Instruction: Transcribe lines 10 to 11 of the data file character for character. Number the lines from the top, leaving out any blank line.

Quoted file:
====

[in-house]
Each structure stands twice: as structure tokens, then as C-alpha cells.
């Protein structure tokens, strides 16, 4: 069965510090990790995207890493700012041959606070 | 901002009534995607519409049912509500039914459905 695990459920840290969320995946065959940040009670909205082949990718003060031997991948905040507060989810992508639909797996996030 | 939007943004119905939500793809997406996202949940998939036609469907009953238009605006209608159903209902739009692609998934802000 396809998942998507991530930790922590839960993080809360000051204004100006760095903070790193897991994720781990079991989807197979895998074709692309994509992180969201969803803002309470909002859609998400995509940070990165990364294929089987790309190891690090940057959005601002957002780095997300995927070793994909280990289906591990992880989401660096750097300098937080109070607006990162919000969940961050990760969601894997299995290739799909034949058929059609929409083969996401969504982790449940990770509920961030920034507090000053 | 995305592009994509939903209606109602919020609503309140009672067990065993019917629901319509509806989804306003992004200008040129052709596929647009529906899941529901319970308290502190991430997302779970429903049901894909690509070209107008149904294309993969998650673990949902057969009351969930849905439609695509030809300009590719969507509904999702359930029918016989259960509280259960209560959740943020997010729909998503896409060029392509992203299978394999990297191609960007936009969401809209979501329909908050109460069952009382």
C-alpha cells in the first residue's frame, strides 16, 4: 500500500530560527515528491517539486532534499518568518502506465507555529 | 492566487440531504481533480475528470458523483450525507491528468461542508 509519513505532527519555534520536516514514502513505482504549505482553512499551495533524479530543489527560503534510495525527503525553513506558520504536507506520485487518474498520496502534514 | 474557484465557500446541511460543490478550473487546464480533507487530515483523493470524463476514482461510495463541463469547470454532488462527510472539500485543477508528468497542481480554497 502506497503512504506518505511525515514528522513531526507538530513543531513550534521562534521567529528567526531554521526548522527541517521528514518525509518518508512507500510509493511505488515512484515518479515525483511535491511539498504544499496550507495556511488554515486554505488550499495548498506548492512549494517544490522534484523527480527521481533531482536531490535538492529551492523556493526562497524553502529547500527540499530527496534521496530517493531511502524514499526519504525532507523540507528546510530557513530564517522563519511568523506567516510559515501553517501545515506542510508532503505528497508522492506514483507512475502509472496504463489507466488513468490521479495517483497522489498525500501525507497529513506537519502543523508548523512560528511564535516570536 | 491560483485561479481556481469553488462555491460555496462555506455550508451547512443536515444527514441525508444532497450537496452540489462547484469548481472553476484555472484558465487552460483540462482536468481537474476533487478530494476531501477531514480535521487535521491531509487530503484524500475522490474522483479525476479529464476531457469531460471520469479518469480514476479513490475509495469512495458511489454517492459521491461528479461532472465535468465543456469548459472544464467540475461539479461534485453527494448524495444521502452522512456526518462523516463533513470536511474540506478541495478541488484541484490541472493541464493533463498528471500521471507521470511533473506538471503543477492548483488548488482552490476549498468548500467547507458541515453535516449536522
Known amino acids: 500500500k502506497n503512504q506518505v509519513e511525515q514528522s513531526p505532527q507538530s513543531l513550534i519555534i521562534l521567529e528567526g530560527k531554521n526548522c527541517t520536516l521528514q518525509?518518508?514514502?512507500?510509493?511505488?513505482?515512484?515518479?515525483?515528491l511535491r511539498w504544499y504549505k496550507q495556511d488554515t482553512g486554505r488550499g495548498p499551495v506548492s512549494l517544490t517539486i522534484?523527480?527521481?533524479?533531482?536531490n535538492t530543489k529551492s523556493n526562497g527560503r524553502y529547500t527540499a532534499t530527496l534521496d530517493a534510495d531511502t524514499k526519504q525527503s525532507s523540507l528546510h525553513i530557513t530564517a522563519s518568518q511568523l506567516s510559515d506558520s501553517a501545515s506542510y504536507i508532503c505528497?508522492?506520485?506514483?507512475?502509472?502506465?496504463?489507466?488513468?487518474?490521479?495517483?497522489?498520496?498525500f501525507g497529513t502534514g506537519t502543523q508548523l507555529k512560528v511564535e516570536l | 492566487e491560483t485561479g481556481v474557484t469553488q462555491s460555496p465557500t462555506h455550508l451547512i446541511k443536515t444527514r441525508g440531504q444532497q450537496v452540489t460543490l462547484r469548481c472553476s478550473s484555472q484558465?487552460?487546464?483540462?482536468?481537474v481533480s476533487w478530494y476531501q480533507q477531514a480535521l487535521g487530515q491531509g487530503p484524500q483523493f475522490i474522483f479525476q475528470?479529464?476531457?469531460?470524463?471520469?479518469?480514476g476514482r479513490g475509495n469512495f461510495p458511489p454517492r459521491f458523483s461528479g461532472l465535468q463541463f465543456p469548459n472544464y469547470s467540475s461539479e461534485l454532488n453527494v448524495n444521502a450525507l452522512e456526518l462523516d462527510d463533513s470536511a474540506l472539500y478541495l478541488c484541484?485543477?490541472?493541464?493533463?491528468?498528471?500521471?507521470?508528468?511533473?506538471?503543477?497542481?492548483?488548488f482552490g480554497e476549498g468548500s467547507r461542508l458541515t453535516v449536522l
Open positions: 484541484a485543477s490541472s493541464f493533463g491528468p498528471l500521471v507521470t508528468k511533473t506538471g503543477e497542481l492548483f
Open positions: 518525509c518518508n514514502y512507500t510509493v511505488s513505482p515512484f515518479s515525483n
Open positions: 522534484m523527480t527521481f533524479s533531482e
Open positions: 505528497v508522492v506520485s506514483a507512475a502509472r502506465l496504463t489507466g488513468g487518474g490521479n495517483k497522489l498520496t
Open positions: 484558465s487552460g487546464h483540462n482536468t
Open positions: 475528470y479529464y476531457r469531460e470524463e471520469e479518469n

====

Open positions: 484558465s487552460g487546464h483540462n482536468t
Open positions: 475528470y479529464y476531457r469531460e470524463e471520469e479518469n